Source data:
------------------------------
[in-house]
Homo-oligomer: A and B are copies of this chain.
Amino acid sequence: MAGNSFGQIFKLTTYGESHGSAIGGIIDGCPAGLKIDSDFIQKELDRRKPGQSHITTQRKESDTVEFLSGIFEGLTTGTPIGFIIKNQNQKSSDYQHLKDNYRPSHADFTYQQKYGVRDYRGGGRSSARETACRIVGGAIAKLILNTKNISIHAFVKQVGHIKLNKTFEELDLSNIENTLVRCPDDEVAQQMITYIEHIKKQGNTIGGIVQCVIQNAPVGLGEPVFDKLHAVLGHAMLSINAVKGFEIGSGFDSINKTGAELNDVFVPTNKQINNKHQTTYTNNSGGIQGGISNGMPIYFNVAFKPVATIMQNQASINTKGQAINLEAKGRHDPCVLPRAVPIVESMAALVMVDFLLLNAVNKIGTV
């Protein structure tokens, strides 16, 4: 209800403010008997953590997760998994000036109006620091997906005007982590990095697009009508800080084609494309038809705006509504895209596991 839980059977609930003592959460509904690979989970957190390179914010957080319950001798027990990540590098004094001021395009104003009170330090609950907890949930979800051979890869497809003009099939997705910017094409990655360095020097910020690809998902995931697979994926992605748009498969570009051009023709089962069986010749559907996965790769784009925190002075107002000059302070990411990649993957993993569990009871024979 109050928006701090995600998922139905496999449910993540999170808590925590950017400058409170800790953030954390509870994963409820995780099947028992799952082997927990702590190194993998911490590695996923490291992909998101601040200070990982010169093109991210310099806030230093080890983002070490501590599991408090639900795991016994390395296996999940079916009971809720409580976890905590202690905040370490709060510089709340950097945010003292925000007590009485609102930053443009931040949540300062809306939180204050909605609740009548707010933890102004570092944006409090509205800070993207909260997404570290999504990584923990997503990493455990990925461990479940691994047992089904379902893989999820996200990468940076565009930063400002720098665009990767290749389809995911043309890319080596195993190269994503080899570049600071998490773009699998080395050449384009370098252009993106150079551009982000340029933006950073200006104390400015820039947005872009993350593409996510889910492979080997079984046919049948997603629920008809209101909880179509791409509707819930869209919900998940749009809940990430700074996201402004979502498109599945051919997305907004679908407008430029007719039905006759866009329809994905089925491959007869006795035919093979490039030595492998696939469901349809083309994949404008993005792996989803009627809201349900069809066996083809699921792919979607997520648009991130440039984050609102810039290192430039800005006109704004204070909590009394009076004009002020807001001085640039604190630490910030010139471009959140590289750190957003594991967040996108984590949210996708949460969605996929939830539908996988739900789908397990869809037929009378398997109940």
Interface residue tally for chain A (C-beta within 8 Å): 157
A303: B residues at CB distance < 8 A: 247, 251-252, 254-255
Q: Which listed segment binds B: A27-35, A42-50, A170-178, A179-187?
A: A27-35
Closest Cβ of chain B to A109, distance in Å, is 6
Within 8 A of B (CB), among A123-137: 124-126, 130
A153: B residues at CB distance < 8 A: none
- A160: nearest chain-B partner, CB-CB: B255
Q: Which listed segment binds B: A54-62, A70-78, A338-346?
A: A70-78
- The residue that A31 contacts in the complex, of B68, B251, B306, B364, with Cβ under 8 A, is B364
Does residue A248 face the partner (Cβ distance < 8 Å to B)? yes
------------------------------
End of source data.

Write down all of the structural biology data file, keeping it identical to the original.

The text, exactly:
[in-house]
Homo-oligomer: A and B are copies of this chain.
Amino acid sequence: MAGNSFGQIFKLTTYGESHGSAIGGIIDGCPAGLKIDSDFIQKELDRRKPGQSHITTQRKESDTVEFLSGIFEGLTTGTPIGFIIKNQNQKSSDYQHLKDNYRPSHADFTYQQKYGVRDYRGGGRSSARETACRIVGGAIAKLILNTKNISIHAFVKQVGHIKLNKTFEELDLSNIENTLVRCPDDEVAQQMITYIEHIKKQGNTIGGIVQCVIQNAPVGLGEPVFDKLHAVLGHAMLSINAVKGFEIGSGFDSINKTGAELNDVFVPTNKQINNKHQTTYTNNSGGIQGGISNGMPIYFNVAFKPVATIMQNQASINTKGQAINLEAKGRHDPCVLPRAVPIVESMAALVMVDFLLLNAVNKIGTV
């Protein structure tokens, strides 16, 4: 209800403010008997953590997760998994000036109006620091997906005007982590990095697009009508800080084609494309038809705006509504895209596991 839980059977609930003592959460509904690979989970957190390179914010957080319950001798027990990540590098004094001021395009104003009170330090609950907890949930979800051979890869497809003009099939997705910017094409990655360095020097910020690809998902995931697979994926992605748009498969570009051009023709089962069986010749559907996965790769784009925190002075107002000059302070990411990649993957993993569990009871024979 109050928006701090995600998922139905496999449910993540999170808590925590950017400058409170800790953030954390509870994963409820995780099947028992799952082997927990702590190194993998911490590695996923490291992909998101601040200070990982010169093109991210310099806030230093080890983002070490501590599991408090639900795991016994390395296996999940079916009971809720409580976890905590202690905040370490709060510089709340950097945010003292925000007590009485609102930053443009931040949540300062809306939180204050909605609740009548707010933890102004570092944006409090509205800070993207909260997404570290999504990584923990997503990493455990990925461990479940691994047992089904379902893989999820996200990468940076565009930063400002720098665009990767290749389809995911043309890319080596195993190269994503080899570049600071998490773009699998080395050449384009370098252009993106150079551009982000340029933006950073200006104390400015820039947005872009993350593409996510889910492979080997079984046919049948997603629920008809209101909880179509791409509707819930869209919900998940749009809940990430700074996201402004979502498109599945051919997305907004679908407008430029007719039905006759866009329809994905089925491959007869006795035919093979490039030595492998696939469901349809083309994949404008993005792996989803009627809201349900069809066996083809699921792919979607997520648009991130440039984050609102810039290192430039800005006109704004204070909590009394009076004009002020807001001085640039604190630490910030010139471009959140590289750190957003594991967040996108984590949210996708949460969605996929939830539908996988739900789908397990869809037929009378398997109940």
Interface residue tally for chain A (C-beta within 8 Å): 157
A303: B residues at CB distance < 8 A: 247, 251-252, 254-255
Q: Which listed segment binds B: A27-35, A42-50, A170-178, A179-187?
A: A27-35
Closest Cβ of chain B to A109, distance in Å, is 6
Within 8 A of B (CB), among A123-137: 124-126, 130
A153: B residues at CB distance < 8 A: none
- A160: nearest chain-B partner, CB-CB: B255
Q: Which listed segment binds B: A54-62, A70-78, A338-346?
A: A70-78
- The residue that A31 contacts in the complex, of B68, B251, B306, B364, with Cβ under 8 A, is B364
Does residue A248 face the partner (Cβ distance < 8 Å to B)? yes